Ukrainska Pravda, Interfax said. The prosecutor general’s office said it
continues to search for the crime’s masterminds.

Gongadze’s murder was among the catalysts for the popular uprising in late
2004 that ousted former President Leonid Kuchma’s corrupt government and
propelled reformist President Viktor Yushchenko to power. Allegations of
high-level government involvement in the Gongadze murder dogged Kuchma
throughout his final term.

In September, a parliamentary commission investigating the case accused
Kuchma, the late Interior Minister Yuri Kravchenko, Parliament Speaker
Vladimir Litvin, and former Ukrainian Security Services chief Leonid Derkach
of plotting the journalist’s murder. The commission recommended that
prosecutors open criminal cases against Kuchma, Litvin, and Derkach. The
commission’s findings were not binding on prosecutors.

On audiotapes made secretly by a former presidential bodyguard, Kuchma is
allegedly heard to instruct Kravchenko to “drive out” Gongadze and “give him
to the Chechens,” according to transcripts obtained by news agencies.

Also today, the appellate panel rejected a defense request to summon Kuchma,
Derkach, Litvin, and former presidential bodyguard Mykola Melnychenko to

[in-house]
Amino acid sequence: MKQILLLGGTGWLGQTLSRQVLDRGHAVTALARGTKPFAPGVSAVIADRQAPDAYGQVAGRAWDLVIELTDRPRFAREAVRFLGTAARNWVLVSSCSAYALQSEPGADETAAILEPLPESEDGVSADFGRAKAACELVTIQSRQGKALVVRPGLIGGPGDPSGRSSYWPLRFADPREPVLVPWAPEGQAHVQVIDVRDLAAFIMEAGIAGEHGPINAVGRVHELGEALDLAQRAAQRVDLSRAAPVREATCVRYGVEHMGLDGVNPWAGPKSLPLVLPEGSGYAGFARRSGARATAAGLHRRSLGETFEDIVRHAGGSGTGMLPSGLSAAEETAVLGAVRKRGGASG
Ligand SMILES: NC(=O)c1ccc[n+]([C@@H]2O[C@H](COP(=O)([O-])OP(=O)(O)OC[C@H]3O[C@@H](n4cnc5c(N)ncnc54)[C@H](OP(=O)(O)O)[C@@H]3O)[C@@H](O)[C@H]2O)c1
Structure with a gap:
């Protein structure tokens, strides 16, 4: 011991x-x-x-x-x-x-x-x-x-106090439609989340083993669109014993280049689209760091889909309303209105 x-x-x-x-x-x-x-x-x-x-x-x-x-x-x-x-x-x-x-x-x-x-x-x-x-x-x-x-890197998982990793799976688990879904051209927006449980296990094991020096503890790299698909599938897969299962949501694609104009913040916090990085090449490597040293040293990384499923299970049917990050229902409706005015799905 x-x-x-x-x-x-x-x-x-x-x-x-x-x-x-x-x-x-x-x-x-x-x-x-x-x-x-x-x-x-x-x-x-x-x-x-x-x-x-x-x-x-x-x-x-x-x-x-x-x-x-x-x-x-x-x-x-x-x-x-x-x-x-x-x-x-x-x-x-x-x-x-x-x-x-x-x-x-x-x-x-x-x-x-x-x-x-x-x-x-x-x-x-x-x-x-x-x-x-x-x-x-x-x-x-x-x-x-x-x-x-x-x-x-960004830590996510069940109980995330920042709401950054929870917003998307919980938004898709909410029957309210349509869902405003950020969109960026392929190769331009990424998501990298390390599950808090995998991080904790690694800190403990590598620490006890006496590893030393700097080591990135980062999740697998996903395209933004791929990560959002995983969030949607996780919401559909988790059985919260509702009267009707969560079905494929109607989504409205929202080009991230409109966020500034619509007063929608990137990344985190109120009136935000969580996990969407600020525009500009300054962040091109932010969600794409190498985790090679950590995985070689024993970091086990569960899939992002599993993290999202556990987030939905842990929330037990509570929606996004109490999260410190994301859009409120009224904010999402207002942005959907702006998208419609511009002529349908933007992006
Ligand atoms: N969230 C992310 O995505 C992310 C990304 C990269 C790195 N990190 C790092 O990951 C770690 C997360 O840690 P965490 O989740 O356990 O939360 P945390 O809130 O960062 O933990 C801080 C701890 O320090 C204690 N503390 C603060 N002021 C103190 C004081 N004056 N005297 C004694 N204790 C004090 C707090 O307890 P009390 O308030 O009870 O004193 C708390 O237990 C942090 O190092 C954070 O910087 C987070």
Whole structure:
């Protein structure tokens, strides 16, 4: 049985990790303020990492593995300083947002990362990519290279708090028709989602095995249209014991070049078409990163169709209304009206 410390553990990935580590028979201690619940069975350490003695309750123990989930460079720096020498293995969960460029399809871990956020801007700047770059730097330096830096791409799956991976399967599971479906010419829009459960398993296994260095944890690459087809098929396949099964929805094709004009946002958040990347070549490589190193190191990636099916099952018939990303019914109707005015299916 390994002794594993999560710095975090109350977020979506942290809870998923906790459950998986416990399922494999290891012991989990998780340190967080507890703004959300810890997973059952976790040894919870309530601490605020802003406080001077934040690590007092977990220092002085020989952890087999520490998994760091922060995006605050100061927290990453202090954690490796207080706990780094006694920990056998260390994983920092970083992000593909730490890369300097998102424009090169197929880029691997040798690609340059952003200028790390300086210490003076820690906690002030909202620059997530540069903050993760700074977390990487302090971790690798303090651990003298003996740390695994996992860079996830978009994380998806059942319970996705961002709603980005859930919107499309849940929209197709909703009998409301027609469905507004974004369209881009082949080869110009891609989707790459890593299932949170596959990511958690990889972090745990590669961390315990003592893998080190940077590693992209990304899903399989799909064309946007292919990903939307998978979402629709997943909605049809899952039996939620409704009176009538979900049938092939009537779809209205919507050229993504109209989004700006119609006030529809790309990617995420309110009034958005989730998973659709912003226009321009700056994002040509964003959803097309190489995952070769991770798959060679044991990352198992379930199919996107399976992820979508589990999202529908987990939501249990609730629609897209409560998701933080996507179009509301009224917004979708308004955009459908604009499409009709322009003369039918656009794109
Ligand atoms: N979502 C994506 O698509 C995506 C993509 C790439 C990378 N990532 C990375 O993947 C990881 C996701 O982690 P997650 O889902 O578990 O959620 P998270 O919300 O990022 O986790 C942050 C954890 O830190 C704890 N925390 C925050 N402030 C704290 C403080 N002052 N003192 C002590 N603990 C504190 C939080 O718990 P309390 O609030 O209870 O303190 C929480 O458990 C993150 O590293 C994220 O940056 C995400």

testify. The court said the request was premature, according to the Kyiv-
based television channel Inter.  -30-

[return to index] [The Action Ukraine Report (AUR) Monitoring Service]

Alex Nicholson, AP Worldstream, Moscow, Russia, Friday, Jan 20, 2006

MOSCOW – Russia’s foreign minister on Friday criticized U.S. trade curbs
dating back to the Soviet era, suggesting that the long-standing
Jackson-Vanik amendments were an example of the unfair use of economic
levers to political ends.

The amendments to the 1974 Trade Act established sanctions to force
communist-led countries, particularly the Soviet Union, to allow Jewish

“To give an example of the use of economic questions for achieving unrelated
political goals. I will say just two words: Jackson-Vanik,” Foreign Minister
Sergey Lavrov said after the signing of an agreement pledging greater
diplomatic support for Russia’s railroad monopoly.

Lavrov mentioned the U.S. sanctions after denying that Russia was wielding
its energy-driven economic might unfairly. Observers have suggested that
Russia used a bitter gas price dispute with Ukraine to punish the former
Soviet republic’s new Western-leaning government.